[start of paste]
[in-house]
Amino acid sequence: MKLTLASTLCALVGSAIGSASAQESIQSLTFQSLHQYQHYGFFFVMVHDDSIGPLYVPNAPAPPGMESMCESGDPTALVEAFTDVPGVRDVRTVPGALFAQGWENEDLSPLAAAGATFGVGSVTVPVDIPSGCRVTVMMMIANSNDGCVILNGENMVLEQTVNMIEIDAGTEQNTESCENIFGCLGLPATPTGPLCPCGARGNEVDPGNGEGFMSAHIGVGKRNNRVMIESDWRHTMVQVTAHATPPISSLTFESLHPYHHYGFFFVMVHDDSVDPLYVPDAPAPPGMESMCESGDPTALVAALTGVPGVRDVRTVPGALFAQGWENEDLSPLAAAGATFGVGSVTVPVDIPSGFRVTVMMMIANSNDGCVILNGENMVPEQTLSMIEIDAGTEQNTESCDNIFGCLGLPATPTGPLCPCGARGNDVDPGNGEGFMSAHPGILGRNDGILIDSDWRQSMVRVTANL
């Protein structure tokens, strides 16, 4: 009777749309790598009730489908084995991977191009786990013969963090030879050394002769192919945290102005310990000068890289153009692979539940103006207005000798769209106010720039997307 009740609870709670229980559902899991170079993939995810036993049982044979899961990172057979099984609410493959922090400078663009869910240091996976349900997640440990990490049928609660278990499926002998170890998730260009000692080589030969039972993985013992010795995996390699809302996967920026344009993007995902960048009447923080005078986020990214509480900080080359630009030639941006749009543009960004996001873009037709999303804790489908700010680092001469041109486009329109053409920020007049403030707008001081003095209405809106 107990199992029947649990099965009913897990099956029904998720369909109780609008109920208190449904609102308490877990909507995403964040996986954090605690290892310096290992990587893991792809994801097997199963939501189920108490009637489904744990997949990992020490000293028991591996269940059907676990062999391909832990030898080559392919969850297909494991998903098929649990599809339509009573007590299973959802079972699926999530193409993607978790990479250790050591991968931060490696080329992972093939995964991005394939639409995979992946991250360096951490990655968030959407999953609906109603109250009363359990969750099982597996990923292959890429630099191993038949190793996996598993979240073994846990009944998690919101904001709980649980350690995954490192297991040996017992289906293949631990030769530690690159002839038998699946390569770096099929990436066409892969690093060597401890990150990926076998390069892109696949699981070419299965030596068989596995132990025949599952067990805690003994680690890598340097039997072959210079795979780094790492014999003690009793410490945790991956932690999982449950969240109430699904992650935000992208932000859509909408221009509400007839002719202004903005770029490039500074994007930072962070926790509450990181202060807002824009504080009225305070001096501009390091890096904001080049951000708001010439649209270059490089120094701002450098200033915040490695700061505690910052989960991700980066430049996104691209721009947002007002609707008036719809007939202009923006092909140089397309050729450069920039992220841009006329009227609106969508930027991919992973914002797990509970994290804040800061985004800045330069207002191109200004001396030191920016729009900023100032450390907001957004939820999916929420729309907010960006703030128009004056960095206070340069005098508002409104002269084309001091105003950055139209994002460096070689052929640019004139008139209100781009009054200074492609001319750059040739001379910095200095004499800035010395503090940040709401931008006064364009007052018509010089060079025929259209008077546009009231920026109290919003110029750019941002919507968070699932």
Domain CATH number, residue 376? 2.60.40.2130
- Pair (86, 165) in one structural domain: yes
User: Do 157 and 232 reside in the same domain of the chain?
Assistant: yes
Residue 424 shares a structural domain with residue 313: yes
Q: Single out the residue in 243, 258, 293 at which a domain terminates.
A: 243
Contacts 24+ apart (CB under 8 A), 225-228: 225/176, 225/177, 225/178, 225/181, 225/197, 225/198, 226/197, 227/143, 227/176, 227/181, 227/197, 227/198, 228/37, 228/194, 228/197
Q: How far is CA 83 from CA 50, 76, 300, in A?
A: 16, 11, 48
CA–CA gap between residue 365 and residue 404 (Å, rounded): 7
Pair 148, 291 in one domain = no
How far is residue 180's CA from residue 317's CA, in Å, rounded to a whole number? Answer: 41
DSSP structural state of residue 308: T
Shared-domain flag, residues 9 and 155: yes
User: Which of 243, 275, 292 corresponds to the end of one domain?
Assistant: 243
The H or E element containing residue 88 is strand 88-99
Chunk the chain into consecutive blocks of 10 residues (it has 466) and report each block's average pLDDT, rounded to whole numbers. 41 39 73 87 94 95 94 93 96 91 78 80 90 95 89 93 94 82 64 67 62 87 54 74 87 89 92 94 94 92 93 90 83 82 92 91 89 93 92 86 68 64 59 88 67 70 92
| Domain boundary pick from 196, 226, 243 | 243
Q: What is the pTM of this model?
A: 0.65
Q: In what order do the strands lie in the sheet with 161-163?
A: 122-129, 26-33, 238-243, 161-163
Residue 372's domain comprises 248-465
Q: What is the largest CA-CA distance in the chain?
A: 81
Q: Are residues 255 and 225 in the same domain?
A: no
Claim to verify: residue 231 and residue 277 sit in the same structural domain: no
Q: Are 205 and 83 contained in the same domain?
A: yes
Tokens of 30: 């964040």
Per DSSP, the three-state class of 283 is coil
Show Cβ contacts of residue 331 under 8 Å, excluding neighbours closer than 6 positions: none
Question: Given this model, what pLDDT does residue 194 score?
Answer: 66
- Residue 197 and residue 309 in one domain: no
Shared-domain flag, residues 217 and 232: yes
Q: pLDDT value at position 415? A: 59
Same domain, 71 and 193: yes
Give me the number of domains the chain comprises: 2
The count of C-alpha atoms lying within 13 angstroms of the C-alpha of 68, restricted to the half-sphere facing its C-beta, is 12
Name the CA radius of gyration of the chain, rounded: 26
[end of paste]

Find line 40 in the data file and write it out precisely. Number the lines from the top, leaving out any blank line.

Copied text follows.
Answer: 66